And now I can add the
AppMaterialModule to the
imports array of my
I'm doing this in here because I will be using all the Angular Material Components exposed by these Angular Material Modules in my
AppModule. This would not make much sense in a Real-World Application as we would generally not use all the Angular Material Components in all our Modules. So creating a single
AppMaterialModule and then importing it in every Angular Module that you create can lead to performance hits. So you might want to avoid that in such cases.
Moving on, I should now be able to use these Angular Material Components in my App. The look that I'm going for is really simple. THIS
Judging from the image above, we need a
MenuComponent that opens upon clicking the 🎨 icon and the rest would already be accommodated by our Sample StackBlitz.
I plan to make this a smart component. You can learn more about the Smart and Dumb Component Pattern from this video by Stephen Fluin.
Alright, now continuing with our
HeaderComponent, it needs to pass on some options for the menu to the
MenuComponent. Each option would have things like,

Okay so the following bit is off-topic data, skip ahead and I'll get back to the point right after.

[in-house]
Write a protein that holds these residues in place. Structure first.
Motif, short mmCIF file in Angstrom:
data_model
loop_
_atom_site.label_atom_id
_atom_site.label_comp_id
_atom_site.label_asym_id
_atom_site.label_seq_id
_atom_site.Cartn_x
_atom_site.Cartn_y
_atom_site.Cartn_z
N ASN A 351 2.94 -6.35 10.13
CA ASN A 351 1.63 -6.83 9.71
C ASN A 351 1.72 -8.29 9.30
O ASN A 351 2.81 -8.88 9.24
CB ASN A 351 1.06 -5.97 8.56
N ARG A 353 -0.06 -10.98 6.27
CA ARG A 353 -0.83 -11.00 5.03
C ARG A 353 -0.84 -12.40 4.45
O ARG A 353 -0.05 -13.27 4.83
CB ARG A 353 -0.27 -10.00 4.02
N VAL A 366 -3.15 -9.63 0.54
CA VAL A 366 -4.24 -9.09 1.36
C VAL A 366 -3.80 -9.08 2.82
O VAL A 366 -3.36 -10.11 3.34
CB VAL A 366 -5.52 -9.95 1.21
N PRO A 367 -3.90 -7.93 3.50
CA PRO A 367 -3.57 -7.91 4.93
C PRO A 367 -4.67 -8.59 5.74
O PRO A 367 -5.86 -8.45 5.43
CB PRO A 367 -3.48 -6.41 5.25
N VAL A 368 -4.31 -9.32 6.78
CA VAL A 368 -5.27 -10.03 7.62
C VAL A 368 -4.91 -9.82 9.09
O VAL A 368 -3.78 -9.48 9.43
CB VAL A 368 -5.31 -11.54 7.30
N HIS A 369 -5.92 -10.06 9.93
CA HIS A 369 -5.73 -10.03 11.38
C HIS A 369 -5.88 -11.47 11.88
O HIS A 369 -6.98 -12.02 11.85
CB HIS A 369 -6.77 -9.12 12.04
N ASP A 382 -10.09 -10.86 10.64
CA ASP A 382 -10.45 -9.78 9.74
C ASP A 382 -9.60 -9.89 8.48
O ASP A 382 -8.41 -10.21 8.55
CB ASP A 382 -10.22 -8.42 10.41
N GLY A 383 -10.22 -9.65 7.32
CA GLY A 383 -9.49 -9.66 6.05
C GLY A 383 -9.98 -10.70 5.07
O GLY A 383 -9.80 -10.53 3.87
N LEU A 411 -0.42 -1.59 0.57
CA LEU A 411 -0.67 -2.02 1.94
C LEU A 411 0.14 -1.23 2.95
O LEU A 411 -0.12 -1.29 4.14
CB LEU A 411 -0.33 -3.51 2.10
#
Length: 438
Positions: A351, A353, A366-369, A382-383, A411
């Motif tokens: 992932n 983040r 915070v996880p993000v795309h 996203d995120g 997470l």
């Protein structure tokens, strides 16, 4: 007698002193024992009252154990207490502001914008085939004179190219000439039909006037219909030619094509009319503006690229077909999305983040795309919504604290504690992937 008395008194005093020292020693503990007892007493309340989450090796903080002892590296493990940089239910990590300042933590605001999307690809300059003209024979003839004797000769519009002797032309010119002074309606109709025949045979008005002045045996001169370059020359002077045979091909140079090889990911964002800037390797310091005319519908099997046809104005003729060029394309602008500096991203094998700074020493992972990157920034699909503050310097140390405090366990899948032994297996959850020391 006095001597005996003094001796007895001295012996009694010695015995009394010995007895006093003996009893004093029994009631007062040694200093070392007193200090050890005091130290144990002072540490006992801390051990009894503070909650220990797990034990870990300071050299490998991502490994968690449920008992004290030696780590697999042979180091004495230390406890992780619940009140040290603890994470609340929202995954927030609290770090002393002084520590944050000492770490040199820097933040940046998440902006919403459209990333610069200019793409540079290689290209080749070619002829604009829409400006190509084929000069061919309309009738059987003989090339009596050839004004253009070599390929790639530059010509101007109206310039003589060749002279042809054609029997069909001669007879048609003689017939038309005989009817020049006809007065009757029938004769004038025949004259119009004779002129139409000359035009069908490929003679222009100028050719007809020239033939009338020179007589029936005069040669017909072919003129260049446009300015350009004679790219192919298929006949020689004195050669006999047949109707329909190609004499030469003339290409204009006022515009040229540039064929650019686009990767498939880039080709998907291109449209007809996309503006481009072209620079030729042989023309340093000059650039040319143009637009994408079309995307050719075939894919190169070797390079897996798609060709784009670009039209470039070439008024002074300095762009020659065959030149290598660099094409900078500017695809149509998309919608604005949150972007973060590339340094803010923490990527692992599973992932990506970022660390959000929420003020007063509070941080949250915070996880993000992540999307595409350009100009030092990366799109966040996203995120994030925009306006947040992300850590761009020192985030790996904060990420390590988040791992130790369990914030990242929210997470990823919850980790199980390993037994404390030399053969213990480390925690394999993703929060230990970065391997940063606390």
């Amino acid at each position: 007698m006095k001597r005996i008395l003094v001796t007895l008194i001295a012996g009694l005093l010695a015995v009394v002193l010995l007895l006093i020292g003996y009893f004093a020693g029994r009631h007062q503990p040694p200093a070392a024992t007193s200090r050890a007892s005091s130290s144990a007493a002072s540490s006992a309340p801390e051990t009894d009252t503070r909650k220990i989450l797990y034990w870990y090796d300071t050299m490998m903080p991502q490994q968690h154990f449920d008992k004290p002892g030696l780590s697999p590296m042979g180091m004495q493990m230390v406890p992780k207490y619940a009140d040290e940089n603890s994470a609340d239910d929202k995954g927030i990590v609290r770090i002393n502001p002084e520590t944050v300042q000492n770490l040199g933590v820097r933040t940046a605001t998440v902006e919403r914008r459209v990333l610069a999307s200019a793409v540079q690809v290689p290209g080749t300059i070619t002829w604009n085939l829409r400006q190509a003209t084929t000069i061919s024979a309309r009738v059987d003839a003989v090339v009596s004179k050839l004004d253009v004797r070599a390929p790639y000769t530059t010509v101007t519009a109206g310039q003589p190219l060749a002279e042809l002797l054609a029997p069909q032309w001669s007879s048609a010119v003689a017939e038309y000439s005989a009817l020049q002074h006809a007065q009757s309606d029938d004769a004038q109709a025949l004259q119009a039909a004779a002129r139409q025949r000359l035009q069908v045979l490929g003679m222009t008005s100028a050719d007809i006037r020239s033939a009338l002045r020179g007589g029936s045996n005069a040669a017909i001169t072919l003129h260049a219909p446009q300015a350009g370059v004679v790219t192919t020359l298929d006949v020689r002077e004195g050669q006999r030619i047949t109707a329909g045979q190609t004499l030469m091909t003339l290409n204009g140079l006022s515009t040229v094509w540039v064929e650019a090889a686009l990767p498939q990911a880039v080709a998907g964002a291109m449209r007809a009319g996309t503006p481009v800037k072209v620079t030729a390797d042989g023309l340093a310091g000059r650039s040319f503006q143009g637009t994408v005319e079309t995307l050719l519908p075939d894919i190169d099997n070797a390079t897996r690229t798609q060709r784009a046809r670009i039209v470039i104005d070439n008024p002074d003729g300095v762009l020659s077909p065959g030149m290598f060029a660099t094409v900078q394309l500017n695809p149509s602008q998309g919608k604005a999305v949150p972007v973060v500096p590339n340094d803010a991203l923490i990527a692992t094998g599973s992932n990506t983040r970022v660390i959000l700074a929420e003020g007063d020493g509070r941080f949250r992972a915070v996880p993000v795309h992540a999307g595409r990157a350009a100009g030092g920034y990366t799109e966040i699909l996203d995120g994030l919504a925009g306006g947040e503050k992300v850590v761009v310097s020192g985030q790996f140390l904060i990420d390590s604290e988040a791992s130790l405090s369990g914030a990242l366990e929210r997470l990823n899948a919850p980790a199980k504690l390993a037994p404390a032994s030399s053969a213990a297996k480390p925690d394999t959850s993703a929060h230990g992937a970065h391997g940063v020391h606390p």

headingColor for the icon to show on each menu item; and a
label, and a
value corresponding to each label.
Now we do know that Angular Material has 4 such pre-built themes named:
So we'll need 4 items for options. To avoid hard-coding of these options in the component itself, I'll just expose this data as a json file and store it in the
assets folder in a file named
options.json. Doing that will allow me to fetch it with path
This file would look something like this:
Considering that this data was exposed as a REST API, I can then fetch it using
HttpClient in my App. And that's what I'll be doing in this article. Alternatively, you can also leverage it as a static asset instead of exposing this data via a REST API. If you do that, you can import it directly in the
import options from 'path-to-options.json'. You'll just have to set
true in the
compilerOptions, in your
tsconfig.json. I have an implementation for this version in this sample StackBlitz just in case you're interested.
Okay. Let's carry on. Now, since I also have the structure of the